Tuesday, July 28, 2009

Some Books on Brain Development

Following is a list of my favorite books on how people learn. (As always, I also recommend Charlotte Mason's insights found in the CM Series, but these others are good too.)

A caveat-- This post mainly addresses brain development, but people are more than matter. Children have souls which need to be fed, they have relationships with the Holy Spirit that we are not necessarily privy to, and "their angels do always behold the face of my Father which is in heaven" (Matthew 18:10), so although I do not deal with it here, it is best to remember the spiritual aspect of development.

A Mind at a Time by Dr. Mel Levine (this is my hands-down go-to book when I am trying to figure out what might be going wrong)

Discover Your Child's Learning Style: Children Learn in Unique Ways (a set of questionnaires designed to determine a person's strengths and talents-- I like this as a jumping-off place, but find I need to temper learning style ideas with the idea that we are to continually grow and become more well-rounded)

Driven to Distraction/Delivered from Distraction by Dr. Edward M. Hallowell (two books on recognizing and dealing with AD/HD)

Sometimes we want to label certain behaviors as dysfunctions when they are really normal brain development for the age/stage of the child. Following are a couple of books on "ages and stages":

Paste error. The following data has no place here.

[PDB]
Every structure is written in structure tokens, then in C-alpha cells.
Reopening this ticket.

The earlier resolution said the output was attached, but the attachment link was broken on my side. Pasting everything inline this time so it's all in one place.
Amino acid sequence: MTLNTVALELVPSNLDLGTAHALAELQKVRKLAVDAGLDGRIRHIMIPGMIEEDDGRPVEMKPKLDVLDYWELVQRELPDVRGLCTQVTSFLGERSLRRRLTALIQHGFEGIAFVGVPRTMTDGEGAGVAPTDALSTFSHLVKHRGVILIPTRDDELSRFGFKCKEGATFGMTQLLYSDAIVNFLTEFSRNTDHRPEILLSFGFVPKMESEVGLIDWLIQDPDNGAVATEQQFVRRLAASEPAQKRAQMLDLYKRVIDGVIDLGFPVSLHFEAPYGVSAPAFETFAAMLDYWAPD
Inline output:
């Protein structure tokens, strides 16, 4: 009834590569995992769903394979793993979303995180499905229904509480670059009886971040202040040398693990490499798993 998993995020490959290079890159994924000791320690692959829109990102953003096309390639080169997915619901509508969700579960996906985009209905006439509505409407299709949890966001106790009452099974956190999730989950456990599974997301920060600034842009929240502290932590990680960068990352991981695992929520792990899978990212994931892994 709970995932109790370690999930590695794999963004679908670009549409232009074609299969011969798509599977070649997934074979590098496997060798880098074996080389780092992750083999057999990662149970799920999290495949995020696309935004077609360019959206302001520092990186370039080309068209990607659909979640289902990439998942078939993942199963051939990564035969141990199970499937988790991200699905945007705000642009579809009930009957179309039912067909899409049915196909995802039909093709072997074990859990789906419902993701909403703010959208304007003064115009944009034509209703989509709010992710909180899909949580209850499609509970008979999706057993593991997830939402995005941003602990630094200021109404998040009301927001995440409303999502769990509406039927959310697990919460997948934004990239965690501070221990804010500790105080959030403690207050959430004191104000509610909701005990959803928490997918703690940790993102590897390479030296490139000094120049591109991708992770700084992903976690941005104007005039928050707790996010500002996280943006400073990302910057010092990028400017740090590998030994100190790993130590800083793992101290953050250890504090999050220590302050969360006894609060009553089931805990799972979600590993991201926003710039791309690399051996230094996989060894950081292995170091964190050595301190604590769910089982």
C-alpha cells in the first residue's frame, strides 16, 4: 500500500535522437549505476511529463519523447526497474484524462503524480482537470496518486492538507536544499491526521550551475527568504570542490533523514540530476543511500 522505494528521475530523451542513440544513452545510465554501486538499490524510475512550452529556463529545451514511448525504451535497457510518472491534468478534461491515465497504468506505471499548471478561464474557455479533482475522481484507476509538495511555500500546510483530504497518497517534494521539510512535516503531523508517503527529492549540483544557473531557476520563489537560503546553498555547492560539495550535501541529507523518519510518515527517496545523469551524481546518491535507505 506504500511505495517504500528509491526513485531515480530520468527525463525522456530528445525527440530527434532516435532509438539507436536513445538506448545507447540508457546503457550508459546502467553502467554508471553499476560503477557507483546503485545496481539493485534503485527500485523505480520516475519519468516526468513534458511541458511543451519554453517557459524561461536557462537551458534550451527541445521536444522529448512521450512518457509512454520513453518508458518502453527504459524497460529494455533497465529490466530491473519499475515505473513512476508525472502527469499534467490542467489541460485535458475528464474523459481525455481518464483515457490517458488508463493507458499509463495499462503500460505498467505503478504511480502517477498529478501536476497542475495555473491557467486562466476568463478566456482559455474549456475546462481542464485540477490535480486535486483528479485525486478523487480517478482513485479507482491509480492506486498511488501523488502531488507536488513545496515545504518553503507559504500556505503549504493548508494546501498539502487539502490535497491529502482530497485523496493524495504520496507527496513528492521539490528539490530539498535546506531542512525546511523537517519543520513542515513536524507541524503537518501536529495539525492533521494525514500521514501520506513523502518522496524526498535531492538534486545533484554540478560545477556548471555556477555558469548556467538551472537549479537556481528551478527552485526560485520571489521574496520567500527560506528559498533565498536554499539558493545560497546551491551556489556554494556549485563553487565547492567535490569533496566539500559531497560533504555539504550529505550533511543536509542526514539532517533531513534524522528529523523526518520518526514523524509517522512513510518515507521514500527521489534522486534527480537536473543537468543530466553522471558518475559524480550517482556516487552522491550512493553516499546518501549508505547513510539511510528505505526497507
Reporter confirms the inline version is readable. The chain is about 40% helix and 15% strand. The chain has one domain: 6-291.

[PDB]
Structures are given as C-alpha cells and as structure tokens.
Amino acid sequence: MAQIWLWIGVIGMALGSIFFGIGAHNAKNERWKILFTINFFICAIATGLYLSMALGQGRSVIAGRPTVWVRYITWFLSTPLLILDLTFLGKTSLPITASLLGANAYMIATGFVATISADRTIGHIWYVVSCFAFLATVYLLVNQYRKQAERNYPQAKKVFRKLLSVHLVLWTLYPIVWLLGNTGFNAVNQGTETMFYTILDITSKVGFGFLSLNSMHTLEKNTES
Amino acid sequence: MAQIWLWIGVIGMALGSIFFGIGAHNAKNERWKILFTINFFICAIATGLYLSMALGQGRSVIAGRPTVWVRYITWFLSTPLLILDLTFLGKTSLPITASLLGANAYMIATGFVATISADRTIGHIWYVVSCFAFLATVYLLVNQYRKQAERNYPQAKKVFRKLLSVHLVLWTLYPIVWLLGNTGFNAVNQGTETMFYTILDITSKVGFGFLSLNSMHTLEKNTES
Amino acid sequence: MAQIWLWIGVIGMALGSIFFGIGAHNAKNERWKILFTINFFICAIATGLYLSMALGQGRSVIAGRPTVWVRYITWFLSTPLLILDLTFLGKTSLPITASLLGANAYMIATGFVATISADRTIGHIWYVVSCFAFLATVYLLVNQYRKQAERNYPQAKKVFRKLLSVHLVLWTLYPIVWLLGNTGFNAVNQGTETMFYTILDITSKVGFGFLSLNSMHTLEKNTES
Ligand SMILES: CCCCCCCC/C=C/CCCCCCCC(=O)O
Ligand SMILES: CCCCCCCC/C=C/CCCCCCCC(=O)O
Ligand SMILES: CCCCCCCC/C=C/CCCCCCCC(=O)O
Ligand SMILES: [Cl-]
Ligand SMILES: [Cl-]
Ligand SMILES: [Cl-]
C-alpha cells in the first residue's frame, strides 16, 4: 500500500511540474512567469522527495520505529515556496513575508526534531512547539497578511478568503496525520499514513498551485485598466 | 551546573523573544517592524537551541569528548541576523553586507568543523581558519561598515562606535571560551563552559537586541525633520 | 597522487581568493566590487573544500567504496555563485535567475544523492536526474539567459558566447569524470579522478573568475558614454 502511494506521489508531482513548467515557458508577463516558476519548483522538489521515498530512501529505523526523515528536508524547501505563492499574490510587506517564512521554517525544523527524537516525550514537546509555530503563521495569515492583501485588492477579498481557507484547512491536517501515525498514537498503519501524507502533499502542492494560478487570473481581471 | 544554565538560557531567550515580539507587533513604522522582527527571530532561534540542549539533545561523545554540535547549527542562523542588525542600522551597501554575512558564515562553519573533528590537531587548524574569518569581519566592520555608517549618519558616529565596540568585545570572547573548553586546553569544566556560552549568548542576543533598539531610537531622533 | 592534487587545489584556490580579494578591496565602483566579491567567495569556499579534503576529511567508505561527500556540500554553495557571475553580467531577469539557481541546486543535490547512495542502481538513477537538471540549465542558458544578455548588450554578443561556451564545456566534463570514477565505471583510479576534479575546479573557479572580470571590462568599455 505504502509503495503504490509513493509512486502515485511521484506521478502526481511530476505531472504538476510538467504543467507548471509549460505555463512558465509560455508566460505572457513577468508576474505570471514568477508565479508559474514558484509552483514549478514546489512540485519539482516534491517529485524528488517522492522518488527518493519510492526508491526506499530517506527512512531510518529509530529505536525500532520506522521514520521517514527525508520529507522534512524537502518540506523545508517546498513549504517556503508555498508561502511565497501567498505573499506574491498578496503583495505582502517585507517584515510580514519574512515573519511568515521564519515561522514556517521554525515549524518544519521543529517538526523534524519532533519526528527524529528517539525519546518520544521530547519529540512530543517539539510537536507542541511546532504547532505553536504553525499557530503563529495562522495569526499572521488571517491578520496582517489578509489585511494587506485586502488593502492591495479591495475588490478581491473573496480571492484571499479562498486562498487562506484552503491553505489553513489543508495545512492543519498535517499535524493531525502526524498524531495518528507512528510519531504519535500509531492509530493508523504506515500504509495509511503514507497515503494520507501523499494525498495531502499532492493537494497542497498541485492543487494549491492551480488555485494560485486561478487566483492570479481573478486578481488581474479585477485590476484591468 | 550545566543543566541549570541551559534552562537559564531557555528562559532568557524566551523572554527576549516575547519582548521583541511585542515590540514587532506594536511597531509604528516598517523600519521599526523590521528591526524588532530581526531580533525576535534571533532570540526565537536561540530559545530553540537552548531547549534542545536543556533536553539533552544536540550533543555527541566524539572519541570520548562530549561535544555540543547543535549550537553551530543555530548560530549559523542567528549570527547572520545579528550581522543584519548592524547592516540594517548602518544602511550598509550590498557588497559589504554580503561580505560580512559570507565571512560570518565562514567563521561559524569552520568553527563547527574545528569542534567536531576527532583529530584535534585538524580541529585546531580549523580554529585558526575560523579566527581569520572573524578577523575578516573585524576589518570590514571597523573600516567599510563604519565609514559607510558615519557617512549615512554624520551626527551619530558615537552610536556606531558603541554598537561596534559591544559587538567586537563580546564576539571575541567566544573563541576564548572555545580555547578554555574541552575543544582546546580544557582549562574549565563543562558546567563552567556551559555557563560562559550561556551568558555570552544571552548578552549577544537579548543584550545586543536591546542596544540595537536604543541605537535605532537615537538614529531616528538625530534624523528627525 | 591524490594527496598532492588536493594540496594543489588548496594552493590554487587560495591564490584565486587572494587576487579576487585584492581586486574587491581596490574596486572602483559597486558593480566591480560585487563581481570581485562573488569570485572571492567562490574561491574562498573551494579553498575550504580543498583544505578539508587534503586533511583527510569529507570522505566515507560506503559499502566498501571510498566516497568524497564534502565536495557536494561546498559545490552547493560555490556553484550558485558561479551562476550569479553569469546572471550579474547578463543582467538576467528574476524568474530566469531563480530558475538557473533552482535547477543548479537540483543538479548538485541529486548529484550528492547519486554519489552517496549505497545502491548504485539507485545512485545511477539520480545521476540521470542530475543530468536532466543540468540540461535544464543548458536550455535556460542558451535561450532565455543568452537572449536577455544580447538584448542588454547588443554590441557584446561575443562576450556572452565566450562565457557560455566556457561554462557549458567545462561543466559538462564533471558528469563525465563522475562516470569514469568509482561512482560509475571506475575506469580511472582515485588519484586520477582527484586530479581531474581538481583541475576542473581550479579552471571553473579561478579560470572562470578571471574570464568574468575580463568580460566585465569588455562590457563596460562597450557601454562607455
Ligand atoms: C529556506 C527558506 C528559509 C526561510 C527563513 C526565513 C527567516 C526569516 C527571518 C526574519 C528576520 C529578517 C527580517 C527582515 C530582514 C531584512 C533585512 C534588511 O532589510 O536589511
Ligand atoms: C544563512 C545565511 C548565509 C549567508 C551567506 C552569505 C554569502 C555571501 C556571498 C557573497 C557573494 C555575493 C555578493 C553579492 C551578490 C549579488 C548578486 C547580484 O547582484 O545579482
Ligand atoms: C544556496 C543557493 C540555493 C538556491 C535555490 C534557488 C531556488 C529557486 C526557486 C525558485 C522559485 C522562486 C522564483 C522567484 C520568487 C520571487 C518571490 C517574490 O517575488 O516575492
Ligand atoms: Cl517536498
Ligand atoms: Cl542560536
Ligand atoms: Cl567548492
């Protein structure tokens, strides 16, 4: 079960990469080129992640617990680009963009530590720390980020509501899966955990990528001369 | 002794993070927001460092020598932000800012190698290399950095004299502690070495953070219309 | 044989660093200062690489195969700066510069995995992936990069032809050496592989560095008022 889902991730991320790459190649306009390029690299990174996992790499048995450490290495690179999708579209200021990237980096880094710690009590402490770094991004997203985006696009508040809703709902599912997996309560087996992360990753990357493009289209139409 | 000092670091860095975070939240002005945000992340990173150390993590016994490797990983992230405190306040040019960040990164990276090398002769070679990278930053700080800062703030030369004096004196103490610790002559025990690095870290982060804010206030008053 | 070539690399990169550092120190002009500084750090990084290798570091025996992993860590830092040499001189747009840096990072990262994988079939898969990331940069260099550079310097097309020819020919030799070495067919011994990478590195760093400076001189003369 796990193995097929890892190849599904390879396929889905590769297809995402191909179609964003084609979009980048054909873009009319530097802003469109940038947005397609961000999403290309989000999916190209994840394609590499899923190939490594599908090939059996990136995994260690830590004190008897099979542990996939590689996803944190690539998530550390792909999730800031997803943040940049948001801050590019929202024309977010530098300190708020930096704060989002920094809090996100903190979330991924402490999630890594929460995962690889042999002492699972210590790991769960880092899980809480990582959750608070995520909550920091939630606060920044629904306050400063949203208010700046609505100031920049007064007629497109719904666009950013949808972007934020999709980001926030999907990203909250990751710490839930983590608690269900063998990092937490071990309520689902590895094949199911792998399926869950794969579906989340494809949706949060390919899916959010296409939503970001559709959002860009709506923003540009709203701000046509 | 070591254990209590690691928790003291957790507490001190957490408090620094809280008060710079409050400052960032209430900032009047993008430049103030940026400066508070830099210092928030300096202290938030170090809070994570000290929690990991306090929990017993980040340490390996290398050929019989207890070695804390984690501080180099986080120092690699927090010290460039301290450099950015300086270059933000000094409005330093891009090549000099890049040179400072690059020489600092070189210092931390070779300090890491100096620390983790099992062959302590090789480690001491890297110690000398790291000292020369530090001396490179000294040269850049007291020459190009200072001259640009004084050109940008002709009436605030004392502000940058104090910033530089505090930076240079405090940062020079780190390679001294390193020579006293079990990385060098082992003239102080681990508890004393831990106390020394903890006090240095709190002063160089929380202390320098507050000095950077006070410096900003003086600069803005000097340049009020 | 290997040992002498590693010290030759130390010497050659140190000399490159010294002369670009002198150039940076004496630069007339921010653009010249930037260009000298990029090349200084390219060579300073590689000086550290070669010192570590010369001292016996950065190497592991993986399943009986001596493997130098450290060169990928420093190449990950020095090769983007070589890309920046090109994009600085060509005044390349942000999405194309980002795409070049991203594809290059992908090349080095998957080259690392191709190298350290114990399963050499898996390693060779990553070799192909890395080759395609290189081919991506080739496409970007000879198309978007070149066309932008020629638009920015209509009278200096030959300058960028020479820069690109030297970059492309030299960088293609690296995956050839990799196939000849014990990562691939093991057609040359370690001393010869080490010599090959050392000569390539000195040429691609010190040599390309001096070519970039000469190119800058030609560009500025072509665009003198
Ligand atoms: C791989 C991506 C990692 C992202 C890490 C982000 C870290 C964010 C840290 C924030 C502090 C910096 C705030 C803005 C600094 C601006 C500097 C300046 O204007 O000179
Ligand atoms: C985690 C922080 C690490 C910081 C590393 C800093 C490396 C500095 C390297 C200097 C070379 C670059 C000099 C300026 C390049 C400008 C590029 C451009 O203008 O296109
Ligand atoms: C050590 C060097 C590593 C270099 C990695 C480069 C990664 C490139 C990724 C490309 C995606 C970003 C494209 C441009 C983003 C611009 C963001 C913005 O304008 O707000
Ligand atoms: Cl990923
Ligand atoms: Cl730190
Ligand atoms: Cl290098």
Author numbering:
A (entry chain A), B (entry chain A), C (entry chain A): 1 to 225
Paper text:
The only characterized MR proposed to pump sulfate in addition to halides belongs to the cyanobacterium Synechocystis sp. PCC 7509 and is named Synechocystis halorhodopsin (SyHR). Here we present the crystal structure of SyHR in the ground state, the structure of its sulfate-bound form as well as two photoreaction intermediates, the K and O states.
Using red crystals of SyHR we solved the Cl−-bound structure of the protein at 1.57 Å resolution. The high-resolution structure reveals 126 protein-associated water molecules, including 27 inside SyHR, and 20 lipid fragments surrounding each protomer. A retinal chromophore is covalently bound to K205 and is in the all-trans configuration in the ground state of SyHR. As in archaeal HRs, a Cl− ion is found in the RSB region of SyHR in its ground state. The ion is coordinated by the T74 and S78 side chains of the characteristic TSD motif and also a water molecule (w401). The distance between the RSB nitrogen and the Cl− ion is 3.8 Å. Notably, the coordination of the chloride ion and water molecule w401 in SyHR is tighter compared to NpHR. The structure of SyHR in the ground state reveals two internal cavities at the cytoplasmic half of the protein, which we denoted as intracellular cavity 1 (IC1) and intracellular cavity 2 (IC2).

The Wonder of Girls: Understanding the Hidden Nature of Our Daughters by Michael Gurian (a chronology of brain development unique to girls-- he has another one called The Wonder of Boys, but I haven't read it)

Why Do They Act That Way? A Survival Guide to the Adolescent Brain

And the following are two books that address neural plasticity and the idea that our brains really are formed by the influences we allow around us:

Endangered Minds: Why Children Don't Think and What We Can Do About It by Jane Healey (this is more a book about modern influences on the brain-- she has another book on Internet and more recent technology but I haven't read it and I really want to)

Amusing Ourselves to Death by Neil Postman (a book on the dangers of television)

(Note: I'm sure someone has written a book about the detrimental effect on the brain of constant trivial-- and not so trivial-- snippets of information and rabbit trails, ie., Facebook, Twitter, etc., and if you know of a book on that subject, would you please leave the name and author in the comments? Thanks.)

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